Sinegal: Condemning Laura Ingraham

Dartmouth should push back against Laura Ingraham’s comments.

by David Sinegal Jr. | 4/13/18 2:10am

Following yet another shocking statement by Laura Ingraham ’85, Dartmouth once again finds itself as the alma mater of a conservative firebrand in the middle of an ugly debate. In a tweet posted by Ingraham on March 28, the Fox News host and former Dartmouth Review editor mocked and admonished Parkland survivor David Hogg for discussing his rejection from multiple colleges, claiming that he “whines about it.” Hogg has been one of the most prominent faces of the #NeverAgain movement started by the Marjory Stoneman Douglas High School students who survived the February shooting.

Laura Ingraham’s tweet was blatantly wrong. The debate over gun control may be politicized, but no one should allow the support for student activists — and survivors — to be dragged through the mud by conservative media. In reaction to Ingraham’s comments, David Hogg led a boycott campaign on social media advocating for corporations to vacate their advertising deals with “The Ingraham Angle” on Fox News. Numerous companies ordered their advertising spots to be discontinued during her primetime show. After advertisers began pulling out one by one, Ingraham issued an apology. She tweeted on March 29, “On reflection, in the spirit of Holy Week, I apologize for any upset or hurt my tweet caused [David Hogg] or any of the brave victims of Parkland.” The apology was short-lived as she immediately pivoted into praising herself and her show by proclaiming, “I believe my show was the first to feature David … and even noted how ‘poised’ he was given the tragedy. As always, he’s welcome to return to the show anytime for a productive discussion.” The apology was far more than simply tone-deaf. By failing to admit her comments were undeniably inappropriate, Ingraham revealed the true content of her character. She had a chance to right the ship — but she didn’t. That speaks volumes about her character and cannot go unnoticed.

Baselessly attacking students — especially those who found themselves at the other end of an AR-15 a little over two months ago — should be universally regarded as abhorrent to this nation’s values. But more importantly, it directly contradicts Dartmouth’s mission. A personal attack on David Hogg by Ingraham is an attack on all student activists — even those here at Ingraham’s alma mater. The campus community must reject Ingraham’s comments as completely unreflective of the values which Dartmouth aims to instill in its graduates and call for College President Phil Hanlon and the administration to do the same.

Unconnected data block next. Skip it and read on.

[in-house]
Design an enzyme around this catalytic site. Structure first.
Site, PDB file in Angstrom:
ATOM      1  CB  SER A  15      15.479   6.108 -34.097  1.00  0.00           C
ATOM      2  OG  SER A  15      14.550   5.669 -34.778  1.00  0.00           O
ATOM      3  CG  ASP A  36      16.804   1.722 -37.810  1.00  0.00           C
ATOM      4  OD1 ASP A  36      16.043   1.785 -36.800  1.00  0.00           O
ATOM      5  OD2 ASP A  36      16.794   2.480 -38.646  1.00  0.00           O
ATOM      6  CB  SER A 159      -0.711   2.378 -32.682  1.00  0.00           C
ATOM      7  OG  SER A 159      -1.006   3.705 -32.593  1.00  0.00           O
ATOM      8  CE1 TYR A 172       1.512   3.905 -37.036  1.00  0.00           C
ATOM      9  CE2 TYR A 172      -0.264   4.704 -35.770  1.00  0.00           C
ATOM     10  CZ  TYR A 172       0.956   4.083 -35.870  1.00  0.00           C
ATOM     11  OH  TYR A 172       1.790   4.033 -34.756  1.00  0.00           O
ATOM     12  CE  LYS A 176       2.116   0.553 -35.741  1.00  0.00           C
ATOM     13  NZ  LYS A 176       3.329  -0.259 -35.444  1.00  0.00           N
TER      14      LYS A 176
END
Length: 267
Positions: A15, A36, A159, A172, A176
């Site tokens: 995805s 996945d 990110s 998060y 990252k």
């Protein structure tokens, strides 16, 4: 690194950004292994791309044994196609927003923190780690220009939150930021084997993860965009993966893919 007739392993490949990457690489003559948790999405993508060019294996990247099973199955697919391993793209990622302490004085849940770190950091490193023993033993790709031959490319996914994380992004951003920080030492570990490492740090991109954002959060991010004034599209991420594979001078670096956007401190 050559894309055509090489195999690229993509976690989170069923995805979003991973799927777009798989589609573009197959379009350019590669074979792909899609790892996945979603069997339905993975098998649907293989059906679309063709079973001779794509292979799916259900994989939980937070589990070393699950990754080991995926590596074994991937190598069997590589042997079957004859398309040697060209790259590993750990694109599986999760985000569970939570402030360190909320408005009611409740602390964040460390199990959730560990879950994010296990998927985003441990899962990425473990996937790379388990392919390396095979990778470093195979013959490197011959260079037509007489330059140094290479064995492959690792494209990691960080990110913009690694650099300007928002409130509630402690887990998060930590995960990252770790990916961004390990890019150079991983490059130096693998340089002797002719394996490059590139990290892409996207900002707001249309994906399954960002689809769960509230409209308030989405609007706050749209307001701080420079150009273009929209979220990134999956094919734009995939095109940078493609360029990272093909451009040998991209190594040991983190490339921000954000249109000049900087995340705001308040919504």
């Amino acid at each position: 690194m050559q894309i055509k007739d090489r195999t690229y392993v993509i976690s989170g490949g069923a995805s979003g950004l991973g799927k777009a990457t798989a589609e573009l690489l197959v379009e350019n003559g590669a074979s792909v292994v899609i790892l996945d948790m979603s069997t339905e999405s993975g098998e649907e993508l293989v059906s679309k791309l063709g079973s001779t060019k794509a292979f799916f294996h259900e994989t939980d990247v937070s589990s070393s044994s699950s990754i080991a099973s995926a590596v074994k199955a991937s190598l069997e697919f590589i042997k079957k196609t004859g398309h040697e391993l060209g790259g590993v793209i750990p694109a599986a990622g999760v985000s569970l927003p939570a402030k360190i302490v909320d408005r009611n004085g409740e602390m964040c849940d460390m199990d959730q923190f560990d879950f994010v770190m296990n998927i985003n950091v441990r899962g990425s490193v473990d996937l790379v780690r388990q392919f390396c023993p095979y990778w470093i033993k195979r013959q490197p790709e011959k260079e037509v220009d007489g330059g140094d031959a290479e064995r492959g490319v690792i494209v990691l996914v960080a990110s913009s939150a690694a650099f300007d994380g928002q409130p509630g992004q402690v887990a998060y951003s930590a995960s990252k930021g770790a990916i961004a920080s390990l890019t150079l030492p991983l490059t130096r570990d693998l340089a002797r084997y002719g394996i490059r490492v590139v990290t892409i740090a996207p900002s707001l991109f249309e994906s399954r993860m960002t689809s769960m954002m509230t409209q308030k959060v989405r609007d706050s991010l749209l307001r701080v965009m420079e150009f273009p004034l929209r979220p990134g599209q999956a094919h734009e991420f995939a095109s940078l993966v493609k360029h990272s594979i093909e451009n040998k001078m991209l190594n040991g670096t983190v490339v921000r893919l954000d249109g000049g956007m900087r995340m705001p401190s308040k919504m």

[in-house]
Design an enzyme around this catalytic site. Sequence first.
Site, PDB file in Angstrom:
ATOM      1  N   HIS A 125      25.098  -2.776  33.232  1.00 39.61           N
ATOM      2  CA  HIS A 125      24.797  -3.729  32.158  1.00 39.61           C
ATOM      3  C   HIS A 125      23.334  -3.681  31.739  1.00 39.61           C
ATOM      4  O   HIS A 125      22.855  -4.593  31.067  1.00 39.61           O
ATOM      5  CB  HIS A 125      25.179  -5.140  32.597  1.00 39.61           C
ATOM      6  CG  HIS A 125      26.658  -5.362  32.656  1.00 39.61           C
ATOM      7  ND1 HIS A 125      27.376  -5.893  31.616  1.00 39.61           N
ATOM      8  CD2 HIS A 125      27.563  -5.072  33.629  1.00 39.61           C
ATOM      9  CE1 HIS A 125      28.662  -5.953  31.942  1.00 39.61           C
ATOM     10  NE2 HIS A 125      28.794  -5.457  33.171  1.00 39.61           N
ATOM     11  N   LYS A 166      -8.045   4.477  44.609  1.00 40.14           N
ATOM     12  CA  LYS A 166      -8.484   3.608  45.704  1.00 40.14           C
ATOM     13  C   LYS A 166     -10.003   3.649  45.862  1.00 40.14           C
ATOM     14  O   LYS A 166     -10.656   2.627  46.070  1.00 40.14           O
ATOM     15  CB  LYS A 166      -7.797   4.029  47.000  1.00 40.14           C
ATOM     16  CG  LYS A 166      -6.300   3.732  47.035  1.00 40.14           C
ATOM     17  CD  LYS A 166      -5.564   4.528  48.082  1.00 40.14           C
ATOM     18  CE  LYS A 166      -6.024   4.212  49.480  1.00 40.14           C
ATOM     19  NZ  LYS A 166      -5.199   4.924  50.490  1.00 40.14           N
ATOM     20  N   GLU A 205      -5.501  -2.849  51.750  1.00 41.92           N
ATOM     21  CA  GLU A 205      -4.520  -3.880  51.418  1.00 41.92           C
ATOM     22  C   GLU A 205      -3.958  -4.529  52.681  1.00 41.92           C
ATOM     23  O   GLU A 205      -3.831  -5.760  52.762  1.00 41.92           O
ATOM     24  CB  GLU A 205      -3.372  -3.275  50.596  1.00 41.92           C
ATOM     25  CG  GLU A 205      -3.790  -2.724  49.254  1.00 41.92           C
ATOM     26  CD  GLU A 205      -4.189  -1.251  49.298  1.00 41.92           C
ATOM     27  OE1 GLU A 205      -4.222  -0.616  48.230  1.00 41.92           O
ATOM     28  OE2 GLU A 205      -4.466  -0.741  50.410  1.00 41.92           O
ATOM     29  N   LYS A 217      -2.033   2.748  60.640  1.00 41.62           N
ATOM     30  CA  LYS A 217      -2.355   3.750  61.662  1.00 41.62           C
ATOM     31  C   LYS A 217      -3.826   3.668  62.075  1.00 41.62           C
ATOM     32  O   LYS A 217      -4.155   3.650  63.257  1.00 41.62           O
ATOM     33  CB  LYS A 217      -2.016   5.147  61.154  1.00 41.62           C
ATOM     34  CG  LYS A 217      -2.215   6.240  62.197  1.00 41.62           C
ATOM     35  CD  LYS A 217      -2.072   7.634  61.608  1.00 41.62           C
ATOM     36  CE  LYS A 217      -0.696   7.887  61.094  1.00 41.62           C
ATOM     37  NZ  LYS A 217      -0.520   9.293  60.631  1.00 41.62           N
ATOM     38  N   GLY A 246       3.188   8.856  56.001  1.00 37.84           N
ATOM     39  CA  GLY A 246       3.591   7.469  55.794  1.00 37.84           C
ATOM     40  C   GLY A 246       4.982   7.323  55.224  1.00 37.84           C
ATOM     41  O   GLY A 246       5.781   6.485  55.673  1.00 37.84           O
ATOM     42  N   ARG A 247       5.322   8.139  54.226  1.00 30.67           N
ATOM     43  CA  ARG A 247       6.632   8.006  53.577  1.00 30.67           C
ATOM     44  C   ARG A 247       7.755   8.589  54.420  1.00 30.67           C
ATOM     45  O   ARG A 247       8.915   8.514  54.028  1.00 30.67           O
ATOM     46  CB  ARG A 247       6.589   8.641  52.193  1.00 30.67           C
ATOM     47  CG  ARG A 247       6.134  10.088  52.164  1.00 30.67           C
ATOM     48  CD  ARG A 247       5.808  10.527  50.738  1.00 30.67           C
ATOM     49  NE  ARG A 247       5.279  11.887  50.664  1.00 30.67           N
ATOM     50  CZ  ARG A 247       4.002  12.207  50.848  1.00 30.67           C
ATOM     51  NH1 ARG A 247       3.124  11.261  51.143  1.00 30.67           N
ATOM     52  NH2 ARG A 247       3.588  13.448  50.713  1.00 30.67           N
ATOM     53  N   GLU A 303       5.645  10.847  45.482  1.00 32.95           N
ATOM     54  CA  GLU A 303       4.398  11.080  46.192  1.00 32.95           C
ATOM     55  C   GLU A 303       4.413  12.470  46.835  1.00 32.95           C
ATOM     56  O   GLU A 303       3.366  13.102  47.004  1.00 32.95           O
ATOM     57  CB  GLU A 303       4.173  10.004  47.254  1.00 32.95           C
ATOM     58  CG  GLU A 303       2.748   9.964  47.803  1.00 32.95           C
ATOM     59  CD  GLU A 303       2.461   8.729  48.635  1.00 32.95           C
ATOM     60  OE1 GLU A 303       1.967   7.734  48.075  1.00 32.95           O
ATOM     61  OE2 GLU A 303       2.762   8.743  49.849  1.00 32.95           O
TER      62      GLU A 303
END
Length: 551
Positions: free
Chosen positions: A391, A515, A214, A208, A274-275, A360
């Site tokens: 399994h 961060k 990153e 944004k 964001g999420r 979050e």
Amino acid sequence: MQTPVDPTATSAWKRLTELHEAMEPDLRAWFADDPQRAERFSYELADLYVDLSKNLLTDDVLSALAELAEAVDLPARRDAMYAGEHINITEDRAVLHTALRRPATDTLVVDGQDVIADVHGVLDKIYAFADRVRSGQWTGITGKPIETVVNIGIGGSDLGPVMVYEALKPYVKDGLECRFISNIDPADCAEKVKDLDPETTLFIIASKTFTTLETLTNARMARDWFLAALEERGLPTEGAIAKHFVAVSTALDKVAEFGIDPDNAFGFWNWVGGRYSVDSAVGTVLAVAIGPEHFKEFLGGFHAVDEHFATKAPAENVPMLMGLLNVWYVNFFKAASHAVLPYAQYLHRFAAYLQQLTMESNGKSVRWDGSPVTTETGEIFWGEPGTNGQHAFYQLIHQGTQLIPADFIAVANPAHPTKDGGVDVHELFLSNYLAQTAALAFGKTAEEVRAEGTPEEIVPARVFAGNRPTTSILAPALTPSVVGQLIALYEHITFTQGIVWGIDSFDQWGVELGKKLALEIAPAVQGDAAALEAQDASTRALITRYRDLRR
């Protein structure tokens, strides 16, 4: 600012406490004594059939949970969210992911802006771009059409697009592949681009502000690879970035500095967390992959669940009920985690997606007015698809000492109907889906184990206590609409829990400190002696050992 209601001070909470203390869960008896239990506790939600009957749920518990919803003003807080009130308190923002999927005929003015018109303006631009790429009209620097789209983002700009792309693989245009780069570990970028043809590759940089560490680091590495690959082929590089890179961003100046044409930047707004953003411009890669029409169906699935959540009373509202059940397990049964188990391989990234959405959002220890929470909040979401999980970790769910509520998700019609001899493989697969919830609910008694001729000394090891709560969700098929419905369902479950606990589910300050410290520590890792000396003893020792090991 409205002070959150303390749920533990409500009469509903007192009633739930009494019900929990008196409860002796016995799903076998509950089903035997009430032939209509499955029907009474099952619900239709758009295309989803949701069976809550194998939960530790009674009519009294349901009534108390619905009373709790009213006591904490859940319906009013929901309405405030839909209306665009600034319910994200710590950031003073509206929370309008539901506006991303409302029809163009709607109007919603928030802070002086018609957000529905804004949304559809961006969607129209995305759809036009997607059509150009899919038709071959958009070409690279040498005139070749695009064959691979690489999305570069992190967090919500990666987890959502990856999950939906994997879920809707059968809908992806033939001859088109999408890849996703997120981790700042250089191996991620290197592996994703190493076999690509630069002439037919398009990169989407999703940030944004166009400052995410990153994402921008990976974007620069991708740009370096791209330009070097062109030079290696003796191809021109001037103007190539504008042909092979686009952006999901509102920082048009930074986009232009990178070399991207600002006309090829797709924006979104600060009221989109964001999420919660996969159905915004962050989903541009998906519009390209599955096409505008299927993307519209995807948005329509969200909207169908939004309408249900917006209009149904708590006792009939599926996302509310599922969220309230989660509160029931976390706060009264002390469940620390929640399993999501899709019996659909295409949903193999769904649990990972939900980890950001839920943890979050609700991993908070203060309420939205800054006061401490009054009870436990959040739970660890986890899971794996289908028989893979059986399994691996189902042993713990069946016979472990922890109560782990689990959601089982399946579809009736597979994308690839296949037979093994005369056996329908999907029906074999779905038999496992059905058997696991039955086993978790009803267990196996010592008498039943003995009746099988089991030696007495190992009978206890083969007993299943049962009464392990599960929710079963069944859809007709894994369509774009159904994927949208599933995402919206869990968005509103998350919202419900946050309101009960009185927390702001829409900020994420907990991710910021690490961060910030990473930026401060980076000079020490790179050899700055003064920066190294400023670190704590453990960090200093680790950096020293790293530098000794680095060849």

This is not the first time Ingraham has come under public fire for her actions. As the editor-in-chief of the Dartmouth Review in 1984, Ingraham orchestrated the outing of several gay students on campus by having a Gay-Straight Alliance meeting secretly recorded. Later on, she published the names of those present at the meeting — in some cases revealing the sexuality of the students to their families and friends before they were able to come out themselves. This is not about right or left. This is about right and wrong.

Ingraham does not represent Dartmouth. Silence from the administration in the wake of her comments will reveal that the school values having an alumna as a Fox News host more than the activism of students both here and around the world. I recognize the hesitancy of any institution to censure their alumni. Some may argue that a college has no place deciding what is acceptable or not for their graduates to say or do, and surely there have been many controversial Dartmouth alumni. But this is a situation unlike any other. This is a time of incredible polarization, and institutions like Dartmouth must lead the way in fighting egregious incivility. And it is the College’s responsibility to act when the repugnant behavior comes from those holding a Dartmouth degree.

As Martin Luther King Jr. said, “A time comes when silence is betrayal.” Students must rise up to defend their peers from baseless, petty attacks. And as an institution, Dartmouth cannot stay silent and betray its most valuable asset — students who speak out and change the world.

Sinegal is a member of the Class of 2021.

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